With higher travel costs to Ottawa, Senators from the territories and western provinces spent more on average than those from Atlantic Canada, Ontario and Quebec. There were also significantly more in-person Senate work weeks in 2023, which drove up travel costs.



Those in leadership, officer and facilitator roles typically had higher expenses too, and they often covered expenses that benefited other caucus members.

"[T]he leadership office also manages several administrative functions on behalf of the second-largest caucus in the Senate," Canadian Senators Group leader and top Senate spender Scott Tannas explained in statement to "These include a research bureau providing support to [Canadian Senators Group] senators, additional staff beyond the normal complement assigned to non-leadership senators and information management computer systems. All of which impact my budget and expenditures."

A 'spit in the ocean' or 'abuse' of public funds? calculated Senate expenditures for the 2023 calendar year from proactively disclosed quarterly data available on the Senate's website. The figures represent expenses processed and paid out in 2023, although some may have been incurred previous years. Overall, the $7.2 million in expenses were up from more than $5.6 million in 2022, a 27.6 per cent increase.

Art rentals and other office, travel and hospitality expenses come from an annual budget of more than $250,000 per Senator. There is a $350 limit for purchasing office decorations. Senators are only eligible for living expenses like meals and accommodation if they reside more than 100 kilometres from Parliament Hill. Senators also received a raise in April, with their annual salaries climbing by $8,500 to $178,100.

Incorporating all costs like salaries and administration staff, the Senate's total planned spending for the 2023-2024 fiscal year was nearly $127 million in taxpayer funds, and expected to reach almost $135 million in 2024-2025.

University of Toronto political science professor emeritus Nelson Wiseman notes that all Senators were within their budgets and said that their expenses are just a "spit in the ocean" for a government that spends billions.

"So my overall impression is, look, they've got a budget there for $250,000, whatever they want to do with it is perfectly okay," Wiseman told "I'm more concerned about the quality of what we're getting and actually this Senate is the best Senate we've had... certainly in the history of the last, I would say 90 to 100 years. And that's because we actually have people that are acting more independently."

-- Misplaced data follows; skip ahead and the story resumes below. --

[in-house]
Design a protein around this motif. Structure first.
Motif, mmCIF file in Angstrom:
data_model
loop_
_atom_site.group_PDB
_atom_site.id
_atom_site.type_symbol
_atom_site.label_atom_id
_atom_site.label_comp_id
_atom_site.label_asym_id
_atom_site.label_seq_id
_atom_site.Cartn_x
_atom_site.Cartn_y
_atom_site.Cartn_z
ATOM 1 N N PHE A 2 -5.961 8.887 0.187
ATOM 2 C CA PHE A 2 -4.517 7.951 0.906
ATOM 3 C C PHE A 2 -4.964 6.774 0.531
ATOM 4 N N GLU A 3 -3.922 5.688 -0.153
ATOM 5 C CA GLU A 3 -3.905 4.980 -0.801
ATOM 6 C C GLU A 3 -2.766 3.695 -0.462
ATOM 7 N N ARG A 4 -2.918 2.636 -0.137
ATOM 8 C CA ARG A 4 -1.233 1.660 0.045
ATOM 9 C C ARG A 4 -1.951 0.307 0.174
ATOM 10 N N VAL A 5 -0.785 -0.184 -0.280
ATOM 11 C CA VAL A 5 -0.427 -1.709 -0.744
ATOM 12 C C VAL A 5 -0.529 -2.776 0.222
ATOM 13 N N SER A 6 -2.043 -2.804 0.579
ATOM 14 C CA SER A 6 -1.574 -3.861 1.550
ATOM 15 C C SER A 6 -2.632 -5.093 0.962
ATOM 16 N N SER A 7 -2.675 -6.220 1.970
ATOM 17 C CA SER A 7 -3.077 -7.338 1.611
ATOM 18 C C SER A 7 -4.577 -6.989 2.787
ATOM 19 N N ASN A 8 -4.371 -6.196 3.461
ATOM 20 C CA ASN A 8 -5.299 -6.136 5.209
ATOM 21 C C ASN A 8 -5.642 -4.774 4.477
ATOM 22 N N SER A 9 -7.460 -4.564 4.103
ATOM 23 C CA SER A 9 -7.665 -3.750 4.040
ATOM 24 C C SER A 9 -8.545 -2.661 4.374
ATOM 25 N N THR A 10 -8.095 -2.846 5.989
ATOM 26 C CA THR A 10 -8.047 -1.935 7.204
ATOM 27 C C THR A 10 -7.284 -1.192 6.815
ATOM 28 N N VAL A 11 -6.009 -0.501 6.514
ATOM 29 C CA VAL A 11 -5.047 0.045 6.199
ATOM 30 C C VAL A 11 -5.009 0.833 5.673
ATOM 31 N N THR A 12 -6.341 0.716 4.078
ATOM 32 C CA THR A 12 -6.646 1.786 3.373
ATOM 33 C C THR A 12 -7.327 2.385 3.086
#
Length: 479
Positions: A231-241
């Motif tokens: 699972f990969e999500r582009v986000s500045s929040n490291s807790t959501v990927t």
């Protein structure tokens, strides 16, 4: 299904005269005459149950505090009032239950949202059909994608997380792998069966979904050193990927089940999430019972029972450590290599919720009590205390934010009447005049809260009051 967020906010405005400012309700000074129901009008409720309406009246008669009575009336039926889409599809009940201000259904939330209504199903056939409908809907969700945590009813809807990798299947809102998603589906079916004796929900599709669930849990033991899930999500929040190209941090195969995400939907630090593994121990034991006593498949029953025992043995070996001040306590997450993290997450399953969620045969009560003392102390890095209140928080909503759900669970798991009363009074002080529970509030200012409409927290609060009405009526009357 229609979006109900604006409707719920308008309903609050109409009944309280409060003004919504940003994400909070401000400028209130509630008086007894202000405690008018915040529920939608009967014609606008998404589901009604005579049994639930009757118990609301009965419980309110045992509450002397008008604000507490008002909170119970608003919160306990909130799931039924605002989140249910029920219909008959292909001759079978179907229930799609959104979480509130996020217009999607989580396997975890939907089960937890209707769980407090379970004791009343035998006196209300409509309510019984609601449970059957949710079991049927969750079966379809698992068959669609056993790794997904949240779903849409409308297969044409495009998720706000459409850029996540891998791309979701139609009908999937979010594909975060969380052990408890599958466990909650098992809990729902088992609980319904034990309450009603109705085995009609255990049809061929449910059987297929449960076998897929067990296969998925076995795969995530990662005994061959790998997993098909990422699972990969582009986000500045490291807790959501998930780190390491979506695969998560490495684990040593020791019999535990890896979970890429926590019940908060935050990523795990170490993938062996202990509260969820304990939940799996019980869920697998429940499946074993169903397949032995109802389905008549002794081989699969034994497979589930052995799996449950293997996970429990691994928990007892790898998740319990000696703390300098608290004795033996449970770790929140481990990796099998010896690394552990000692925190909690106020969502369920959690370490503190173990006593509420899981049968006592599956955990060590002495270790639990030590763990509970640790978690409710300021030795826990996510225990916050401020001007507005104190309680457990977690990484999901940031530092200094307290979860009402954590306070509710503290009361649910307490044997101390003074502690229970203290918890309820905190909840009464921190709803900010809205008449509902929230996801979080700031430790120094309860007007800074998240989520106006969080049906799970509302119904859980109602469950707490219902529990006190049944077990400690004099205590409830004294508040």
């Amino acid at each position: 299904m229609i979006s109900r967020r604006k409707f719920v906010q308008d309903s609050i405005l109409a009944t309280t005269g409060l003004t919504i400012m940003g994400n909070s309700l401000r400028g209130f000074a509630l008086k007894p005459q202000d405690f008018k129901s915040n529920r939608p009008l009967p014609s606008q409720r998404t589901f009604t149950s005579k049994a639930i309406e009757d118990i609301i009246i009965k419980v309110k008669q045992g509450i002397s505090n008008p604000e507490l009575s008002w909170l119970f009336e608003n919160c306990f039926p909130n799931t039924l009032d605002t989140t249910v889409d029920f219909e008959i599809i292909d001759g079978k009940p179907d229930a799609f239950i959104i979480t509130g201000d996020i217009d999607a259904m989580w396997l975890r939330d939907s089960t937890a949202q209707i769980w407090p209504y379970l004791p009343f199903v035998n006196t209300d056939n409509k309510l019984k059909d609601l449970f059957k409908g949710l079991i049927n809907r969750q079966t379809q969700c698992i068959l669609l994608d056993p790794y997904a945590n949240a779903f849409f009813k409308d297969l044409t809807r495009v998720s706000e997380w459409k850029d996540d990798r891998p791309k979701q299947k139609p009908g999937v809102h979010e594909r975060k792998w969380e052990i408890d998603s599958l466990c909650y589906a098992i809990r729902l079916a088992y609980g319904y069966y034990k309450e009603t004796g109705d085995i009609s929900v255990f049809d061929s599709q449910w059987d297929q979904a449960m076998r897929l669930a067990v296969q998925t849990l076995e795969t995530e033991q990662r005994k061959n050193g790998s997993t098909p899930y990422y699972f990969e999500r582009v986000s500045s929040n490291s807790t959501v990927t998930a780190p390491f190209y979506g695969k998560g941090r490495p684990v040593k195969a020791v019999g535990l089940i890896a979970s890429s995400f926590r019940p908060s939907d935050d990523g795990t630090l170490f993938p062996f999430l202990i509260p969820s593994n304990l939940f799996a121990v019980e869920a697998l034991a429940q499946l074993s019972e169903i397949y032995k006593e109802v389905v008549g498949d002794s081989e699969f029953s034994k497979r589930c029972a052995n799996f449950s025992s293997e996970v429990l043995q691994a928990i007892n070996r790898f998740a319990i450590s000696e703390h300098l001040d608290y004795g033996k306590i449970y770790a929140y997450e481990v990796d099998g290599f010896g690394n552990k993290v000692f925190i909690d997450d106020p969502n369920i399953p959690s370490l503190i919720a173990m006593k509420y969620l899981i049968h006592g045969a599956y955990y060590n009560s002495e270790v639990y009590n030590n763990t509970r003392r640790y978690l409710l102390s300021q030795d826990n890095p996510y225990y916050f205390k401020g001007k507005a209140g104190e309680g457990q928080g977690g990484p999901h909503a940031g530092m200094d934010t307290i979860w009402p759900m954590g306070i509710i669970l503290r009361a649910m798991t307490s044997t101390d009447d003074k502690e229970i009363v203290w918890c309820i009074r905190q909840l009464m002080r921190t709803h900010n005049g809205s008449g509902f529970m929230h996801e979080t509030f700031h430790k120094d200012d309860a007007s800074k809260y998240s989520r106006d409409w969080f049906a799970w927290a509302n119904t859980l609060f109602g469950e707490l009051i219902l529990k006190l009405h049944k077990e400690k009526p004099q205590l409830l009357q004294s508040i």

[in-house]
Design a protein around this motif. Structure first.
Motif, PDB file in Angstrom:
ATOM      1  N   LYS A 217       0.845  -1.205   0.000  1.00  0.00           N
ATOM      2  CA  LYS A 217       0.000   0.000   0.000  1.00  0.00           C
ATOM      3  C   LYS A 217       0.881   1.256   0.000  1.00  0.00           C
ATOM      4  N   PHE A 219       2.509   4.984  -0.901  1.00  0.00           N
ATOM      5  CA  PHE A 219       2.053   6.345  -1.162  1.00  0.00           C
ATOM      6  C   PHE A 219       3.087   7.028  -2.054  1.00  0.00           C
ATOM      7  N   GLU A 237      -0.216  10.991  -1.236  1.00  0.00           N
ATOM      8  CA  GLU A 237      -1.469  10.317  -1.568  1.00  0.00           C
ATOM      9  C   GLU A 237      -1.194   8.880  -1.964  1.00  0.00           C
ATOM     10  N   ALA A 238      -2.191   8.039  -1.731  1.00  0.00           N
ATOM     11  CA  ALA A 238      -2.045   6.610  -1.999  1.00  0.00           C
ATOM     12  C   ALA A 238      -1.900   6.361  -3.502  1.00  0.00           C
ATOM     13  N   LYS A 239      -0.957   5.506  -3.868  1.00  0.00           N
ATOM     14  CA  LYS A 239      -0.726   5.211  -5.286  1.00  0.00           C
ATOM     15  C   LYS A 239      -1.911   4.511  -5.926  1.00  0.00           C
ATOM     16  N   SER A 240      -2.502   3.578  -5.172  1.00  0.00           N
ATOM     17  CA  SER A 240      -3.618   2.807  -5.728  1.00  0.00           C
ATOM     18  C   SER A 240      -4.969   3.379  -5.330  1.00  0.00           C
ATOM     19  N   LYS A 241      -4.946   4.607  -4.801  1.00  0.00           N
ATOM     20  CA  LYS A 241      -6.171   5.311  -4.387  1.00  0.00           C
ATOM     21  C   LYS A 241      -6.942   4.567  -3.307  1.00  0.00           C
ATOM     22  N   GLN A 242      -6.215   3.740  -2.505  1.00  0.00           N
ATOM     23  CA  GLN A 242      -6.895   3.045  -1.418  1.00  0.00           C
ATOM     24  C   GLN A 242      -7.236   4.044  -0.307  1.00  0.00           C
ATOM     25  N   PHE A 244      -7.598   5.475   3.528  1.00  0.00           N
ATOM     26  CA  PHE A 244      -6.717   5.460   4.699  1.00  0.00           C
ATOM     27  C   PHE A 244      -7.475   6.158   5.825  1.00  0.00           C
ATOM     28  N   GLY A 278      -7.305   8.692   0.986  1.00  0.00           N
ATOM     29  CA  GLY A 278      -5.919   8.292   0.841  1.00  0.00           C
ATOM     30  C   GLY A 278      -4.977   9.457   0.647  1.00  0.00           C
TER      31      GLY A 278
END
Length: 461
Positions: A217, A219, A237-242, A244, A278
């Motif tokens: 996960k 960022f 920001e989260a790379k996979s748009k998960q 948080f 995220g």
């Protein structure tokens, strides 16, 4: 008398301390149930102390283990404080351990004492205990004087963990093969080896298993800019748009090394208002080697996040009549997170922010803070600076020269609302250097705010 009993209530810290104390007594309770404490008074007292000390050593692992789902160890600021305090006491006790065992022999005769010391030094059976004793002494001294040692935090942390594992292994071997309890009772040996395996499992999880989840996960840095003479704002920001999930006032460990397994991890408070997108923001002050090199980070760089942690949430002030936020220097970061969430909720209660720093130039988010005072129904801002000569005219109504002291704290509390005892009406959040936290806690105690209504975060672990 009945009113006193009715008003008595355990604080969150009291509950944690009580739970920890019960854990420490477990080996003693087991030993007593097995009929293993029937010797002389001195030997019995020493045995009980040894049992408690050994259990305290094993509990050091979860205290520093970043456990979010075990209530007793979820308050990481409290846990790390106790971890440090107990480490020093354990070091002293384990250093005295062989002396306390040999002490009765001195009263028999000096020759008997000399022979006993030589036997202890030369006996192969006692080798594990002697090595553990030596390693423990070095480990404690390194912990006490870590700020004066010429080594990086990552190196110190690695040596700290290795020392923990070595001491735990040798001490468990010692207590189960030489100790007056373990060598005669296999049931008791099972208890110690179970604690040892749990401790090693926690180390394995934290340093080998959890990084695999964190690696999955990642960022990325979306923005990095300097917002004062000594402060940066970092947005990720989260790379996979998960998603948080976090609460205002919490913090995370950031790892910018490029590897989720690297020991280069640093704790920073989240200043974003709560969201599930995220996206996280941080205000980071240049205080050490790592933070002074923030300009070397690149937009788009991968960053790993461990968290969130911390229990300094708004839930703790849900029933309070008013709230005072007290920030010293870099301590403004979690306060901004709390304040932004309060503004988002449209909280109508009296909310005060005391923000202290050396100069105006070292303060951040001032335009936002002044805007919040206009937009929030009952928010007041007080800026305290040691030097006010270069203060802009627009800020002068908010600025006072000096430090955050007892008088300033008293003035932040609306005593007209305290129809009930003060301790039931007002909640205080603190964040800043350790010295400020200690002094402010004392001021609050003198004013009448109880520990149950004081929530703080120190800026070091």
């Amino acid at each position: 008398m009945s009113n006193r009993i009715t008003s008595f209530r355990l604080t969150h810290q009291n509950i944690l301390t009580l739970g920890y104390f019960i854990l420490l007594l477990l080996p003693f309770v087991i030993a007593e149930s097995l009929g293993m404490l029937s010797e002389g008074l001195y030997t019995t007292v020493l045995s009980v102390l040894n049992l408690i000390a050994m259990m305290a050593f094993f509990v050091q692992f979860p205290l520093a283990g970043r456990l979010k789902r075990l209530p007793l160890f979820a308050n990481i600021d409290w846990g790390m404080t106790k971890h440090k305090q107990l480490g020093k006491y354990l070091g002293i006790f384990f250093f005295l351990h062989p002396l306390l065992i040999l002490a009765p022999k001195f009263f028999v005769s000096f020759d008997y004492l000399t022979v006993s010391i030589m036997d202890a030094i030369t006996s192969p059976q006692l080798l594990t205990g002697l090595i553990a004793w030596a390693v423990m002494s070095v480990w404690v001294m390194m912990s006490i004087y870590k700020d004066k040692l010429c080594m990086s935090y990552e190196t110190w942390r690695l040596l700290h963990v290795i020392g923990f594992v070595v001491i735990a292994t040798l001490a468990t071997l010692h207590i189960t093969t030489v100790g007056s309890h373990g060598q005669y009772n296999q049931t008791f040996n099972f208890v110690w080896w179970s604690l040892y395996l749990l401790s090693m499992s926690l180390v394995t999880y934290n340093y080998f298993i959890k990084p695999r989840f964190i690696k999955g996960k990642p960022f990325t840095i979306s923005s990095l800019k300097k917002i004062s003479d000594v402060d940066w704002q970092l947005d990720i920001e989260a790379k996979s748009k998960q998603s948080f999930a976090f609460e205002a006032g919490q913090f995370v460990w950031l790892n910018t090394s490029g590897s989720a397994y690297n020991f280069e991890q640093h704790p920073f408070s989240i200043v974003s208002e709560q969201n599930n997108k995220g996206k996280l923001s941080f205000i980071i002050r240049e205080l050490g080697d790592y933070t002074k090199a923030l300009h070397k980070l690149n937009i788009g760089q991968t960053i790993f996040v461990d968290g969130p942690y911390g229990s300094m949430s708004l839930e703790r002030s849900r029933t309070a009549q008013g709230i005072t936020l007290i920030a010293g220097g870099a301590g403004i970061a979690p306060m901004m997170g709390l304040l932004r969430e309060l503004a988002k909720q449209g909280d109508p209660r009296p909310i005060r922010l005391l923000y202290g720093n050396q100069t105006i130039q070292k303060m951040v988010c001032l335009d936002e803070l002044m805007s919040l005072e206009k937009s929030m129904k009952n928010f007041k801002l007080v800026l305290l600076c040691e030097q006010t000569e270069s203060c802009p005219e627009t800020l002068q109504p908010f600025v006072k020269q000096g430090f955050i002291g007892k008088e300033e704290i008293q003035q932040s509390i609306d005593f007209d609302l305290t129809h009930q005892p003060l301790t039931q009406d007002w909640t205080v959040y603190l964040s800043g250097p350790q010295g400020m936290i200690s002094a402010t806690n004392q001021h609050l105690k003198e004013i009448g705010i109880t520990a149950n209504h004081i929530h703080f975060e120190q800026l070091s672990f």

Duff Conacher is the director and co-founder of Democracy Watch, a non-profit that advocates for democratic reform and government accountability.

"Everything's a drop in a bucket until it suddenly adds up to the whole bucket," Conacher told "You don't just get to abuse public money just because you're abusing small amounts of the public's money."

Referred to as the Red Chamber for its decor, the Senate is the upper house of Canada's Parliament and has the power to propose legislation and reject bills passed by the elected House of Commons. Unlike the U.S. Senate, the Canadian Senate's 105 members are not elected, but appointed by the governor general on advice of the prime minister, similar to the British House of Lords. Senators serve until mandatory retirement at age 75. There are currently nine vacant seats.

Senate expenses came under intense scrutiny a decade ago when it was revealed that several senators were claiming travel and living expenses they were not eligible for. The scandal led to rule changes that increased spending transparency. In a push to make the Senate more independent and nonpartisan, the federal Liberals changed the appointment process and removed senators from the Liberal caucus.

"I do think senators are much more conscious of the need to engage in responsible behaviour, so that the Senate doesn't go through such an embarrassing period as it did when it seemed like it was one person after another who has been caught on something," Brock said. "The Senate is shifting now, I think it's trying to find its new identity, essentially, and in some ways it's moved towards more a culture of policy activism as opposed to being that house of sober second thought."

Conacher thinks Canada should abolish the Senate, and says Senators' use of public money for policy activism and pet projects lacks "democratic legitimacy."

"Senators still have power to spend money on essentially whatever they think is related to their roles as senators, and the Senate rules define their role very broadly as including anything to do with public or political issues," Conacher explained. "It's just an undemocratic charade that senators are in this position to do that and bring attention to issues based on their whims."